Discussion in 'Project Logs' started by Achron, 28 Nov 2009.
This really does look amazing, the project has come together fantastically. I can't wait for more .
Inch by inch, step by step, drool-a-thon!
This is looking as awesome as ever man. Your hours of sanding are definitely paying off!
Thanks all . It takes about three days per grit, taking into consideration job, sanding my fingers off, etc. I've been sick the past week so I haven't really touched it lately, but hopefully I'll get around to it soon.
Hopefully I can figure out some more creative things to do other than give fairly boring sanding updates. I may be designing a steel mount for the copper heatsink pretty soon, I just haven't gotten around to it.
Three Days per grit! True Grit! no fingers no problem, use feet next. he he Take your sweet time and make her shine
Will be interesting to see what it'll turn out like in the end.
You DO realize that those scratches WILL be visible through the anodizing layer, right?
Those are most likely very small scratches from my fingernail or accidentally scraping it with a piece of sandpaper. I'm meticulous about the sanding. Every time I go up a grit I turn the thing 90° so it's easier to see how deep the previous grit left the scratches.
But yes, I do realize that anodizing magnifies scratches, not hides them. I plan on getting it etched a little too so that should help in the end.
I apologize for sounding lazy, but why not just media blast the whole thing? You're pretty much guaranteed a good finish with that, right?
For one, I don't have access to a media blaster. Second, it would eat away at the acrylic and aluminum at different rates, making things quite ugly.
Hi Achron, it's me the idiot that didn't have his head screwed on when I first checked in on this, sorry about that moment of me being a bleeping bleep bleep .
Wow, 3 days per grit, thats gotta hurt , I just spent 5 or 6 hours sanding today & have big blisters, damn that sand paper gets hot lol .
Looks like what a ufo should look like on the night shot, honestly stuck for words how amazing it is, I'm dazzled, 3d cnc just blows me away, 2d can be attempted to match by hand, but not this which is why it's the best & most amazing cnc work I've ever seen done in modding & OMG it's slick .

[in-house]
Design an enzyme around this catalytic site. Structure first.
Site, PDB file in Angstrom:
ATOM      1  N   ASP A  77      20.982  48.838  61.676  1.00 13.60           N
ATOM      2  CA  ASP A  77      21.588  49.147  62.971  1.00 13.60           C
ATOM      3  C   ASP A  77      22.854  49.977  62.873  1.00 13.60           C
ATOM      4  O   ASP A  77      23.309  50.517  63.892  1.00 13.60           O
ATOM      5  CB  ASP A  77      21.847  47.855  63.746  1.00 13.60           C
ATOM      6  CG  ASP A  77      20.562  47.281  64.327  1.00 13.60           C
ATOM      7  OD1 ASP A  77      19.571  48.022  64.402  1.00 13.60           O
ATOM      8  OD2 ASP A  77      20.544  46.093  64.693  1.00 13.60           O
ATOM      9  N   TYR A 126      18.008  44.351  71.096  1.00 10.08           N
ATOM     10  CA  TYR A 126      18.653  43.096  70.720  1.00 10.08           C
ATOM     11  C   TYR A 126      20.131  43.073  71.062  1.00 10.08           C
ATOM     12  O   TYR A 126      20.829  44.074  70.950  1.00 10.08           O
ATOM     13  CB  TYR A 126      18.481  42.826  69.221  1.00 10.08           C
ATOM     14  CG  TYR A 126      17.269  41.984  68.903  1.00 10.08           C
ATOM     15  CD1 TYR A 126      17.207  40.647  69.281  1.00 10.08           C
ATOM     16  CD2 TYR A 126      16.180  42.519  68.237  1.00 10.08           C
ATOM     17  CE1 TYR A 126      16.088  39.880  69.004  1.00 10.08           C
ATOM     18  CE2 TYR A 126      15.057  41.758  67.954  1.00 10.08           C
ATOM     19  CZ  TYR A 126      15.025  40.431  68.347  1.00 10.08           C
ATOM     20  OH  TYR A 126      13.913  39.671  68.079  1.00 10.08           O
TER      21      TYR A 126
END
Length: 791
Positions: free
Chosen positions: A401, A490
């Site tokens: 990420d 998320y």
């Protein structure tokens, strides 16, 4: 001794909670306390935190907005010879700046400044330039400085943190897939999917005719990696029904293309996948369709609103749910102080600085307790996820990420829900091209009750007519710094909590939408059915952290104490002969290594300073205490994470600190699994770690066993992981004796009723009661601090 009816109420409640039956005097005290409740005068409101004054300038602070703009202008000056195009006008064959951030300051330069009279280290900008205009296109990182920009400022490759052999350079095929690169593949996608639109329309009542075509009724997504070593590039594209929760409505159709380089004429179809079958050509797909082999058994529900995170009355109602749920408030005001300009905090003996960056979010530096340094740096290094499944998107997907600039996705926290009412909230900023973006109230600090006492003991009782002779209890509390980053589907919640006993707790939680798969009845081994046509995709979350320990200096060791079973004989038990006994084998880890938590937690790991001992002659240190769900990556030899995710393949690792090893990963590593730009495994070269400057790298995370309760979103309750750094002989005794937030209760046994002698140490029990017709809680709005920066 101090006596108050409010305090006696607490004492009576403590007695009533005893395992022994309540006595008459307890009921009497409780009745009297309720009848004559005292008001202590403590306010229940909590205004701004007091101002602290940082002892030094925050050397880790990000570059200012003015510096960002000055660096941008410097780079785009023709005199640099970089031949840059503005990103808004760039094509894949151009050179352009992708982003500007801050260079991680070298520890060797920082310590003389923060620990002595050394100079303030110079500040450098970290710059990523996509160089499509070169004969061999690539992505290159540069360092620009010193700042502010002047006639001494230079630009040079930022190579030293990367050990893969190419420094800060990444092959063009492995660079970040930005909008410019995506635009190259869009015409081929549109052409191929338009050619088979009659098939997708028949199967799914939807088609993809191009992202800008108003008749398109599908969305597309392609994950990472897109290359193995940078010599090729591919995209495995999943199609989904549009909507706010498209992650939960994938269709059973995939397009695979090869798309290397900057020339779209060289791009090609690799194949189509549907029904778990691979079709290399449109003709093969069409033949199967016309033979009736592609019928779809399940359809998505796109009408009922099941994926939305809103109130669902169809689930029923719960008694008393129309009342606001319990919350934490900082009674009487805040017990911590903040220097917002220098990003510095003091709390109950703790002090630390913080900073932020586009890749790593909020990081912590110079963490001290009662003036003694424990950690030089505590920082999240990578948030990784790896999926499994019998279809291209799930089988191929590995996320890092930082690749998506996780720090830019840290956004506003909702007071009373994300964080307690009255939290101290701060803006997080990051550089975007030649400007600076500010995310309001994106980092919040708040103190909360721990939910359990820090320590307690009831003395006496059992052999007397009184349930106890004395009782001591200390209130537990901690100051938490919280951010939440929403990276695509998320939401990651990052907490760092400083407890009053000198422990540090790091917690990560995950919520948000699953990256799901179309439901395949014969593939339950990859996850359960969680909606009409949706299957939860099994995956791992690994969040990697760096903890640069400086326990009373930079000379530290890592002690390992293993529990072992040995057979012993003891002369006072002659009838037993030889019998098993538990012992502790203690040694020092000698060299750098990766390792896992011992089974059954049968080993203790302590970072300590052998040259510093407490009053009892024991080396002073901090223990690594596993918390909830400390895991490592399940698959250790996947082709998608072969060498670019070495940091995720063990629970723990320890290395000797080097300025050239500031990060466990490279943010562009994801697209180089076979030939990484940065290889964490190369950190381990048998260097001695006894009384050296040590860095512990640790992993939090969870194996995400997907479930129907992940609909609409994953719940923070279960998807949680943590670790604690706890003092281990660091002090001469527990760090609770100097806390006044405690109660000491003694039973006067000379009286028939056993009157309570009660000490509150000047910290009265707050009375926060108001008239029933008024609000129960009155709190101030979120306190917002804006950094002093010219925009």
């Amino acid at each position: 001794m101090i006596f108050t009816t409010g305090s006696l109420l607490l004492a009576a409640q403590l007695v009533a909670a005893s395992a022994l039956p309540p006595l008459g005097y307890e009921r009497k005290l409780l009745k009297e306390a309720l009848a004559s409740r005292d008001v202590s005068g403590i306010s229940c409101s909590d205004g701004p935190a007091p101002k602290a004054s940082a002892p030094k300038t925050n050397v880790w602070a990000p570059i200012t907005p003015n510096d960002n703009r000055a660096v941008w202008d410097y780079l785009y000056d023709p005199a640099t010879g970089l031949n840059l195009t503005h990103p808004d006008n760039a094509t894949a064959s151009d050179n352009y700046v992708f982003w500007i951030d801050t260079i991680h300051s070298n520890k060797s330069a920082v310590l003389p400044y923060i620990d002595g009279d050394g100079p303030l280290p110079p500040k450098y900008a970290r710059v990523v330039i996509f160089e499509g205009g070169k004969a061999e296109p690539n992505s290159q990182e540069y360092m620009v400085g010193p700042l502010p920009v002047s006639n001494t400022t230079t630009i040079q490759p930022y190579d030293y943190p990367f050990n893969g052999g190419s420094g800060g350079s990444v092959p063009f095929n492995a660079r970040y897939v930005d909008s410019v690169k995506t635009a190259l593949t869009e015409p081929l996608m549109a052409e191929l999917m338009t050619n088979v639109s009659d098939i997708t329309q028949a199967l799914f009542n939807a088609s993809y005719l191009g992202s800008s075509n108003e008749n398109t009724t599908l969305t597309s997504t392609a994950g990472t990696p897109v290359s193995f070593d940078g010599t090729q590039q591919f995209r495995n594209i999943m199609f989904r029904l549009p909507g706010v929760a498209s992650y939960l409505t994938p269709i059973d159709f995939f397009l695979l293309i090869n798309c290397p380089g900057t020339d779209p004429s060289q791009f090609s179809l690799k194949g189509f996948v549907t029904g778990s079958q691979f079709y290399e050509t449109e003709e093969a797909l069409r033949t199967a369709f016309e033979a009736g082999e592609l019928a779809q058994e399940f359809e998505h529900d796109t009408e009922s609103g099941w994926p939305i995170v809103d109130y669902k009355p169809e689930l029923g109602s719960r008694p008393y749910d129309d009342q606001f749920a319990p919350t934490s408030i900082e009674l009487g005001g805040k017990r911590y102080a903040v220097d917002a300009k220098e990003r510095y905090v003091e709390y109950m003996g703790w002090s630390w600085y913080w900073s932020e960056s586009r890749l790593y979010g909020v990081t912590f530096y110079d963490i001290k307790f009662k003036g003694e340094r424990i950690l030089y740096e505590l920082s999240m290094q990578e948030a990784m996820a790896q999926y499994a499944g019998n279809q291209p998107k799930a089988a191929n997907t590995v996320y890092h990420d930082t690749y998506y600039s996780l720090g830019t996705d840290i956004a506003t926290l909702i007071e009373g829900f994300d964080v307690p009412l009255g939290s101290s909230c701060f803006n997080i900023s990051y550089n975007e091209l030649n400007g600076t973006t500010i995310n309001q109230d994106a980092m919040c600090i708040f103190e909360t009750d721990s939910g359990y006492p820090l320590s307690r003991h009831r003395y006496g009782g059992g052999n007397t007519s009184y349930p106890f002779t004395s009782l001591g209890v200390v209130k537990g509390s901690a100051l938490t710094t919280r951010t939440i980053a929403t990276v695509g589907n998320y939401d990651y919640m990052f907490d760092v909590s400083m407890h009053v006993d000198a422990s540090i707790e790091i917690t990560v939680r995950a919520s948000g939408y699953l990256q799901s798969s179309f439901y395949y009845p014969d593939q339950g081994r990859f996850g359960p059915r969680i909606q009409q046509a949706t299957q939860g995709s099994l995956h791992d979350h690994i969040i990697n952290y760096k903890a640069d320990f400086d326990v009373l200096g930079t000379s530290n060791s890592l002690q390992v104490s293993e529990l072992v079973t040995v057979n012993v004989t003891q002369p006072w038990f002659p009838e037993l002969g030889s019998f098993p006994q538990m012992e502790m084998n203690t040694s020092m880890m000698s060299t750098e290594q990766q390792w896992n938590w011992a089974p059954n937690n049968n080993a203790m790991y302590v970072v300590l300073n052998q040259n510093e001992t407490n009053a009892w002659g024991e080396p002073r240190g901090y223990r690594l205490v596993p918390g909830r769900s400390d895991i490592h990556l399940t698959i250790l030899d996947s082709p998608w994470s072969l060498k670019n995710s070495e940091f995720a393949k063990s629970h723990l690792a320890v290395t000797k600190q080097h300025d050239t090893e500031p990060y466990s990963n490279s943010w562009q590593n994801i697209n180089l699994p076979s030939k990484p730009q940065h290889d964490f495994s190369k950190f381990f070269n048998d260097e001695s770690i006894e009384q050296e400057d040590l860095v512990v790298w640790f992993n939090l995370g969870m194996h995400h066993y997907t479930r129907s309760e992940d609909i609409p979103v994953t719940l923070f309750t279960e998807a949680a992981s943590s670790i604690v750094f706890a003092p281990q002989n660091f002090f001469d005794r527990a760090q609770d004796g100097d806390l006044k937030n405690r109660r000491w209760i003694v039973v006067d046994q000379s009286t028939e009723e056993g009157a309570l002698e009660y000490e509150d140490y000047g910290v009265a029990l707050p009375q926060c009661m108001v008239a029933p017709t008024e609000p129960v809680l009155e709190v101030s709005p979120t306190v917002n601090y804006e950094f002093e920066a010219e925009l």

It's actually not that bad. I use latex gloves to keep the aluminum gunk off of my hands and wet / dry sandpaper to keep the dust to a minimum and surface smoother.
@Waynio - Mcmaster sells 150 grit wet sand sandpaper... That I forgot to add to my last order.
Alright boys and girls. It's been two weeks since my last update, and I think I owe you one. I didn't want to keep giving you sanding updates for the next 2 months, I think you may get quite bored of that. Thus, something different, except this first picture. I finished 180 grit, wet sand. Up to the 200s now!!
My 'something different' is a test fit of some of the hardware. Both the motherboard and IR receiver were installed, with the slim slot load blu ray drive (say that five times fast) just sitting in place. The hard drive and blu ray drive weren't installed completely since they require pins be put in the mounts, and I don't have the will or means to do that at this very moment. I'm still deciding on a CPU heatsink as well. That will probably be the very last thing I do.
Adding to that, everything has nice black oxide hex head screws now. So very sexy. This is on the underside of the case. They had to be low profile heads or they would stick out, which is unacceptable!
Also, keep in mind here the inside is not sanded at all. Well, the base is a tiny bit (400 I think) but not even close to the quality of the outside. Here's a shot of the internals minus the blu ray drive.